RICHMOND, Va. -- Virginia health officials joined one of the nation’s top disease experts, Dr. Anthony Fauci, for a virtual panel discussing COVID-19 and the vaccination efforts.
The panel was co-hosted by the Governor’s office, the Virginia Department of Health (VDH), the VCU Massey Cancer Center, and the group “Faith and Facts Fridays.” The latter group has been meeting since March 2020 to bring together members of the medical community and the African-American faith community to
“To build and cultivate a bridge of trust between the medical community and the Black faith community. This is especially important given our justified skepticism based on our collective history,” said Rudene Mercer Haynes, one of the group’s co-founders. “Recognizing the disparate impact of COVID-19 on people of color, and in particular Black and Latinx communities, [VCU Massey Cancer Center Director] Dr. [Robert] Winn, [Fifth Street Baptist Church Reverend] Pastor [F. Todd] Gray and I consider it absolutely imperative to disseminate credible, facts-based, and medically sound information regarding this deadly virus to our Black faith leaders and their congregations.”
Fauci, who serves as the director of the National Institutes of Allergy and Infectious Diseases, told the panel it was particularly important for Black and Brown communities to get the vaccine because of the disproportionate impact the virus has had on them.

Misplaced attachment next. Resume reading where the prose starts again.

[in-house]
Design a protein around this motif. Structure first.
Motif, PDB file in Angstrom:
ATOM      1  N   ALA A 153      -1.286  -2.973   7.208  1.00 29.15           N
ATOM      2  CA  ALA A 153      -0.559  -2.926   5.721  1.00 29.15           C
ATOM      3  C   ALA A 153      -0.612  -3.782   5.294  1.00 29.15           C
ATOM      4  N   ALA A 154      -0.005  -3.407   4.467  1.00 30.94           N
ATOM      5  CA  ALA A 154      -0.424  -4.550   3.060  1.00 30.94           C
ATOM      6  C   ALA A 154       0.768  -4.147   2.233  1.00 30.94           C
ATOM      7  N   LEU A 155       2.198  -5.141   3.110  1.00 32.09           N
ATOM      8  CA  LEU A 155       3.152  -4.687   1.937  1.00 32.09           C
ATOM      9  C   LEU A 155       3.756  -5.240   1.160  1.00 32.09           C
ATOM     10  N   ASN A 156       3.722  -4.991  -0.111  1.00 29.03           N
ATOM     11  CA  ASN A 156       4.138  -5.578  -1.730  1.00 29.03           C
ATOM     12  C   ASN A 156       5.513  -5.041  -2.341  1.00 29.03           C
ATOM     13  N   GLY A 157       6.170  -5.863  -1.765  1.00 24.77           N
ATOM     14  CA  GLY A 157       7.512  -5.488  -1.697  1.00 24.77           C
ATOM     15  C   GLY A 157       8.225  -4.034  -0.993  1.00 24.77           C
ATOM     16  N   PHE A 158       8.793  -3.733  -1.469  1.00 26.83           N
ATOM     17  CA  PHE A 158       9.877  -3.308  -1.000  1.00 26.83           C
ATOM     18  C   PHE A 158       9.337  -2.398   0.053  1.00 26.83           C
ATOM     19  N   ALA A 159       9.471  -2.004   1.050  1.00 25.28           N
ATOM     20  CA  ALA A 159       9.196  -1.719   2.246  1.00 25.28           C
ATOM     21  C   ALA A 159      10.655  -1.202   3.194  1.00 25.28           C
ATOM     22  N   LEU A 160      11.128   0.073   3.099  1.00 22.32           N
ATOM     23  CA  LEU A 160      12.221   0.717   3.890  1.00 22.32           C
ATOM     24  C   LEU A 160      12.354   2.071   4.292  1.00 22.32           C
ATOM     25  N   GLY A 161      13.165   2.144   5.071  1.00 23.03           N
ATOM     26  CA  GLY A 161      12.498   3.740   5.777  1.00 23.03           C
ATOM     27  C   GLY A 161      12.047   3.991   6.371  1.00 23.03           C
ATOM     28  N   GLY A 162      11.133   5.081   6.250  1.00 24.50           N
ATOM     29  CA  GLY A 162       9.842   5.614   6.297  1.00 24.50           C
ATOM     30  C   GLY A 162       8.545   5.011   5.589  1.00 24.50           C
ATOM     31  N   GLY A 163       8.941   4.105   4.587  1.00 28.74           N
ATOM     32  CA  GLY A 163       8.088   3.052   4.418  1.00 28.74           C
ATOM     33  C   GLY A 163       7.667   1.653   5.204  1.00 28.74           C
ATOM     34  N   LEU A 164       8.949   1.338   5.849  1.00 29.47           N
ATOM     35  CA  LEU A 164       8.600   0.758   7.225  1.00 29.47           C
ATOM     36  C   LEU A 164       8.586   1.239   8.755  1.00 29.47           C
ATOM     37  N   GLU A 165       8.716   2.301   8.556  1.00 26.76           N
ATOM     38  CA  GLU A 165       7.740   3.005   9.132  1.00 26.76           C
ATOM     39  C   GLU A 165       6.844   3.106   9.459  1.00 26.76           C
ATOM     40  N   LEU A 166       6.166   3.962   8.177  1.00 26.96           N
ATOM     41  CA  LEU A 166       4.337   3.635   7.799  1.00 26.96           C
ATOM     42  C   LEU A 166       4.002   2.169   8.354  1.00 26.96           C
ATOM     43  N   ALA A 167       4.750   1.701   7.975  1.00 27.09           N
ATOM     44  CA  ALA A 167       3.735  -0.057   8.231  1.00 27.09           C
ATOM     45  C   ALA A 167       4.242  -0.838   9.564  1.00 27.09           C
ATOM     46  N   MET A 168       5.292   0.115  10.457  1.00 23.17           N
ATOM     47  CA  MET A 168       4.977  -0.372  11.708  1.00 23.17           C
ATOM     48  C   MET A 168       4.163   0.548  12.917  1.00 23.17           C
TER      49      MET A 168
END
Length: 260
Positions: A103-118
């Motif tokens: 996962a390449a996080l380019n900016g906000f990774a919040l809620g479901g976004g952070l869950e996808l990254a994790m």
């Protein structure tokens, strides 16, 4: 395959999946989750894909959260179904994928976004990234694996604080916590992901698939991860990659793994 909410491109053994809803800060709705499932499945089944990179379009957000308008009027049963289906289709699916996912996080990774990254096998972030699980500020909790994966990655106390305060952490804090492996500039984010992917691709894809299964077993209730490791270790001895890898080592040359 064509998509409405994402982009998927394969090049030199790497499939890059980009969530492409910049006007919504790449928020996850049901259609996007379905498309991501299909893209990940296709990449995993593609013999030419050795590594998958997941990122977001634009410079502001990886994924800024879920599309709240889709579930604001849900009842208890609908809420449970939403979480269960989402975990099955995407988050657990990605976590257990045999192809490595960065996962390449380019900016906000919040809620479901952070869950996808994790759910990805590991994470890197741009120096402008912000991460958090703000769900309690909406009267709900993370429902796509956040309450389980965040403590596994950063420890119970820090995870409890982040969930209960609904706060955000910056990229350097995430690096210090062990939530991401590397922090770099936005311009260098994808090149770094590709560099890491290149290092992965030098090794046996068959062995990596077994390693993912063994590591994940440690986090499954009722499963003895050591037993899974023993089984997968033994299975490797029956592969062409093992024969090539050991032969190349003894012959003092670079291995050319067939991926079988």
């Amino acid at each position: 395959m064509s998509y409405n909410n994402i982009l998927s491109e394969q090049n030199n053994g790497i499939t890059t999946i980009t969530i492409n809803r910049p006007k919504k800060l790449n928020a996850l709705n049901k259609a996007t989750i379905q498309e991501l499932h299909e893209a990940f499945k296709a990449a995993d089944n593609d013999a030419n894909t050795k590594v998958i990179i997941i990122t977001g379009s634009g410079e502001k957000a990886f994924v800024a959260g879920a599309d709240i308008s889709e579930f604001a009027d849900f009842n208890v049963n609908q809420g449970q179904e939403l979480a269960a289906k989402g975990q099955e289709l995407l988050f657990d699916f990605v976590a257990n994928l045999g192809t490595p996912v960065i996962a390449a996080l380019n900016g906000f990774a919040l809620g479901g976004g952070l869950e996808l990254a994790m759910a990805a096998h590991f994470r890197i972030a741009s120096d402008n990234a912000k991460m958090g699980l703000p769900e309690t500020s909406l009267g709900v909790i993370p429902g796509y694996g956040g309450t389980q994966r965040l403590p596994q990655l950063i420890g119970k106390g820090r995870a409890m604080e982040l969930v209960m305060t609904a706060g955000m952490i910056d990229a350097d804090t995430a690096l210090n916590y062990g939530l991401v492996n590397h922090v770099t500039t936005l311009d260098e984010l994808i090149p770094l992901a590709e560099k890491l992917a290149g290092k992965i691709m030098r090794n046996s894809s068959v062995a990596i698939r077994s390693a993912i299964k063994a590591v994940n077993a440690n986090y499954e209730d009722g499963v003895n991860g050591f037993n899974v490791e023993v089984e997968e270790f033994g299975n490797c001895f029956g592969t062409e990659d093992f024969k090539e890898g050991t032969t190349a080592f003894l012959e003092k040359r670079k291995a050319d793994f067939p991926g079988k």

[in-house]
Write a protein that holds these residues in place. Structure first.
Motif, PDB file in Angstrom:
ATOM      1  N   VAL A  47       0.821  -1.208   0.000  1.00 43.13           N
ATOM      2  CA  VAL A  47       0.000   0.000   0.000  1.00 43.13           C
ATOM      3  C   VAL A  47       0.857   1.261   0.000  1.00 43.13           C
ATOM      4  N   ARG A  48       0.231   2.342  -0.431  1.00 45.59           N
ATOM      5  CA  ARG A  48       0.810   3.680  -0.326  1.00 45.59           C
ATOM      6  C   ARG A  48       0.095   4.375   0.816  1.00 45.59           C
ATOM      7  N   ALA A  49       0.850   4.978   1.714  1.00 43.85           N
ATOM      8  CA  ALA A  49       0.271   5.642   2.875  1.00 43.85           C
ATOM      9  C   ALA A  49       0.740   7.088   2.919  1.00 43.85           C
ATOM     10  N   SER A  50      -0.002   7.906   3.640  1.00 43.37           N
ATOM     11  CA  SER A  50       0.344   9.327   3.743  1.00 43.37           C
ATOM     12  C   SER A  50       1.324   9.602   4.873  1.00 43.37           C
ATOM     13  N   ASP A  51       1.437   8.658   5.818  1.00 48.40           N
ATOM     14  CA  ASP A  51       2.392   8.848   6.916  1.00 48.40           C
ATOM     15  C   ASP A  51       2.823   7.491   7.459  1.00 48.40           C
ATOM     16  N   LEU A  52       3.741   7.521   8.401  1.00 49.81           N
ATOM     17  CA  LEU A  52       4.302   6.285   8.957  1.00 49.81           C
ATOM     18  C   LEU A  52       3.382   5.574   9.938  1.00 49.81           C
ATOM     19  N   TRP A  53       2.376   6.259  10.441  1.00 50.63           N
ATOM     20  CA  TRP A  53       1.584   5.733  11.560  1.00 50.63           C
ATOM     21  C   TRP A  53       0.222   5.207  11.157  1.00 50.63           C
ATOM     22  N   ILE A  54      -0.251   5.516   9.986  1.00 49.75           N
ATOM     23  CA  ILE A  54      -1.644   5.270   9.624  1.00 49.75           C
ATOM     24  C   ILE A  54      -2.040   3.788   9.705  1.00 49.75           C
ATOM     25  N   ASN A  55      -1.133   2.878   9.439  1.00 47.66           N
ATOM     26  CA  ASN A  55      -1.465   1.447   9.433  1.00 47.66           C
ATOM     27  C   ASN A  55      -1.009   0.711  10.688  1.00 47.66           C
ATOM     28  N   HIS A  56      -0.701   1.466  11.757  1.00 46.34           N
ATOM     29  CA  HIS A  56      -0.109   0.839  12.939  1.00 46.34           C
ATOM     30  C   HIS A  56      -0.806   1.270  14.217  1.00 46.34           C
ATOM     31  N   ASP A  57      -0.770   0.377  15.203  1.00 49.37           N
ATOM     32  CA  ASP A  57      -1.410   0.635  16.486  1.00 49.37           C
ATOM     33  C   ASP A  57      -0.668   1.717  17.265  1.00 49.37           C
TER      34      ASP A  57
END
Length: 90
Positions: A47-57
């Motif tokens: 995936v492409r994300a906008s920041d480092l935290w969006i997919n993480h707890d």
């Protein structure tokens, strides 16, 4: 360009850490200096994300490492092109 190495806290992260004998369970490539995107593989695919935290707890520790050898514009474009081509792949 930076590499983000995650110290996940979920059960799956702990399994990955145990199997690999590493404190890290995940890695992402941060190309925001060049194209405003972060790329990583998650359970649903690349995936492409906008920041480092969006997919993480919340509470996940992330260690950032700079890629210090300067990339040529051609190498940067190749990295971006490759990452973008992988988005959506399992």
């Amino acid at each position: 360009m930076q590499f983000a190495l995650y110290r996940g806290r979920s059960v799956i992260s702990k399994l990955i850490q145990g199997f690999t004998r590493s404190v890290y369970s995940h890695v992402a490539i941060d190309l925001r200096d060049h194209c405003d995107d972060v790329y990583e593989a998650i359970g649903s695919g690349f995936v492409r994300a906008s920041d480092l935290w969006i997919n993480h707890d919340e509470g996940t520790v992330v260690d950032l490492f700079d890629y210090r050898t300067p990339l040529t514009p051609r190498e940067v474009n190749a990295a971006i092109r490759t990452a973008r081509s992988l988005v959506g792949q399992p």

“There’s what I call the binary nature of COVID-19 health disparities along racial and ethnic lines. There’s an increased incidence of SARS-CoV-2 infection in minority populations and there’s a predisposition to severe disease once you get infected,” said Fauci, who added in general Black and Brown communities have occupations that place them out in the community and at a higher risk of exposure. He said those communities also have an increased prevalence of co-morbidities associated with severe COVID-19 cases. “So, it’s really what I would refer to the common colloquial language of a double whammy against Black and Brown people.”
Fauci also spoke to the historic distrust between communities of color and the medical community and federal government, calling it a “shameful past”, but said there are safeguards in place to not let it happen again and spoke to concerns about the speed at which the vaccines were developed.
“That speed was related to extraordinarily breathtaking scientific advances in vaccine platform technologies that allowed us to do in months what normally would have taken years,” said Fauci. “The decision as to whether or not this is a safe and effective vaccine was made by an independent body that is beholden, not to the government, not to the company, but to the American public. It's called the Data and Safety Monitoring Board.”
In response to a question on the subject, Fauci encouraged Black church leaders to tell their congregations that the vaccine is safe.
Fauci also spoke about the vaccine rollout in general and said in the coming weeks we could hear news about more vaccines getting approved.